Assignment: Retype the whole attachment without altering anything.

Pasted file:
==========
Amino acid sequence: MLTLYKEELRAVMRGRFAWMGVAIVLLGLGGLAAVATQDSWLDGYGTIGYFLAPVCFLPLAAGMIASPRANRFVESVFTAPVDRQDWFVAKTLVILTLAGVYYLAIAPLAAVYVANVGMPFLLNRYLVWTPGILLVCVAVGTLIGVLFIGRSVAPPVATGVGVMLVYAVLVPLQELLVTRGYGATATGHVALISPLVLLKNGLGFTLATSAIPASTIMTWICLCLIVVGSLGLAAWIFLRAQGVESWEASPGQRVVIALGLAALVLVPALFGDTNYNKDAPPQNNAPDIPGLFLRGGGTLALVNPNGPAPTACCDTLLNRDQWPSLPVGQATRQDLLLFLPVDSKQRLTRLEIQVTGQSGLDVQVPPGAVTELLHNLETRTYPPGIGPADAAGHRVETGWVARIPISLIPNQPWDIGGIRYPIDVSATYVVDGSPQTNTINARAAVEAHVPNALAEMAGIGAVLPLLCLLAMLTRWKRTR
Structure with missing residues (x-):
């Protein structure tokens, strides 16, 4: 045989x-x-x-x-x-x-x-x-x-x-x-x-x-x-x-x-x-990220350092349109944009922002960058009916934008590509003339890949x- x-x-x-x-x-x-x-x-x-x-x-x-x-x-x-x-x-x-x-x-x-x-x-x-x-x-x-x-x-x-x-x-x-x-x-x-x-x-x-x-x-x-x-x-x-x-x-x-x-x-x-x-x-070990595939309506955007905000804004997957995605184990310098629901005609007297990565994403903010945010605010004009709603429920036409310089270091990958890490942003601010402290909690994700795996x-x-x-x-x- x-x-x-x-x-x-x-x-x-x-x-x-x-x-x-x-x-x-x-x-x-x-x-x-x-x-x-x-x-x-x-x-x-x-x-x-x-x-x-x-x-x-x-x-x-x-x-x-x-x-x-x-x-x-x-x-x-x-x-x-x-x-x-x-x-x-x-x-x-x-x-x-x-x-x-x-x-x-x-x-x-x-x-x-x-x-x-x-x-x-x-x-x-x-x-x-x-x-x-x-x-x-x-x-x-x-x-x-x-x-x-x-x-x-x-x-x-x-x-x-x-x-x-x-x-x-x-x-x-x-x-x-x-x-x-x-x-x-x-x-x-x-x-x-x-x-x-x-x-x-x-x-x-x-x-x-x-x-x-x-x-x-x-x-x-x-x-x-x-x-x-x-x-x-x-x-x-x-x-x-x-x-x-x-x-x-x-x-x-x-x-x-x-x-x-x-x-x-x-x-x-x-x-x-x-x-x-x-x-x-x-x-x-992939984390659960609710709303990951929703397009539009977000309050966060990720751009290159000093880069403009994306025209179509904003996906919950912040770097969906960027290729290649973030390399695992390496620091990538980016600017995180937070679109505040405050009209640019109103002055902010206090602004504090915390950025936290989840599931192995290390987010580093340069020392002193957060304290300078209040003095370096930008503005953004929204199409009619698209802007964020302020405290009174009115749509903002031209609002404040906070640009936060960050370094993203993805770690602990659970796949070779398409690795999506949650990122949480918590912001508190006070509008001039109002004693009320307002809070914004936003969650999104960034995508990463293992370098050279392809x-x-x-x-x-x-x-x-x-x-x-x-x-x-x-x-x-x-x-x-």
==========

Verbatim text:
Amino acid sequence: MLTLYKEELRAVMRGRFAWMGVAIVLLGLGGLAAVATQDSWLDGYGTIGYFLAPVCFLPLAAGMIASPRANRFVESVFTAPVDRQDWFVAKTLVILTLAGVYYLAIAPLAAVYVANVGMPFLLNRYLVWTPGILLVCVAVGTLIGVLFIGRSVAPPVATGVGVMLVYAVLVPLQELLVTRGYGATATGHVALISPLVLLKNGLGFTLATSAIPASTIMTWICLCLIVVGSLGLAAWIFLRAQGVESWEASPGQRVVIALGLAALVLVPALFGDTNYNKDAPPQNNAPDIPGLFLRGGGTLALVNPNGPAPTACCDTLLNRDQWPSLPVGQATRQDLLLFLPVDSKQRLTRLEIQVTGQSGLDVQVPPGAVTELLHNLETRTYPPGIGPADAAGHRVETGWVARIPISLIPNQPWDIGGIRYPIDVSATYVVDGSPQTNTINARAAVEAHVPNALAEMAGIGAVLPLLCLLAMLTRWKRTR
Structure with missing residues (x-):
């Protein structure tokens, strides 16, 4: 045989x-x-x-x-x-x-x-x-x-x-x-x-x-x-x-x-x-990220350092349109944009922002960058009916934008590509003339890949x- x-x-x-x-x-x-x-x-x-x-x-x-x-x-x-x-x-x-x-x-x-x-x-x-x-x-x-x-x-x-x-x-x-x-x-x-x-x-x-x-x-x-x-x-x-x-x-x-x-x-x-x-x-070990595939309506955007905000804004997957995605184990310098629901005609007297990565994403903010945010605010004009709603429920036409310089270091990958890490942003601010402290909690994700795996x-x-x-x-x- x-x-x-x-x-x-x-x-x-x-x-x-x-x-x-x-x-x-x-x-x-x-x-x-x-x-x-x-x-x-x-x-x-x-x-x-x-x-x-x-x-x-x-x-x-x-x-x-x-x-x-x-x-x-x-x-x-x-x-x-x-x-x-x-x-x-x-x-x-x-x-x-x-x-x-x-x-x-x-x-x-x-x-x-x-x-x-x-x-x-x-x-x-x-x-x-x-x-x-x-x-x-x-x-x-x-x-x-x-x-x-x-x-x-x-x-x-x-x-x-x-x-x-x-x-x-x-x-x-x-x-x-x-x-x-x-x-x-x-x-x-x-x-x-x-x-x-x-x-x-x-x-x-x-x-x-x-x-x-x-x-x-x-x-x-x-x-x-x-x-x-x-x-x-x-x-x-x-x-x-x-x-x-x-x-x-x-x-x-x-x-x-x-x-x-x-x-x-x-x-x-x-x-x-x-x-x-x-x-x-x-x-x-992939984390659960609710709303990951929703397009539009977000309050966060990720751009290159000093880069403009994306025209179509904003996906919950912040770097969906960027290729290649973030390399695992390496620091990538980016600017995180937070679109505040405050009209640019109103002055902010206090602004504090915390950025936290989840599931192995290390987010580093340069020392002193957060304290300078209040003095370096930008503005953004929204199409009619698209802007964020302020405290009174009115749509903002031209609002404040906070640009936060960050370094993203993805770690602990659970796949070779398409690795999506949650990122949480918590912001508190006070509008001039109002004693009320307002809070914004936003969650999104960034995508990463293992370098050279392809x-x-x-x-x-x-x-x-x-x-x-x-x-x-x-x-x-x-x-x-």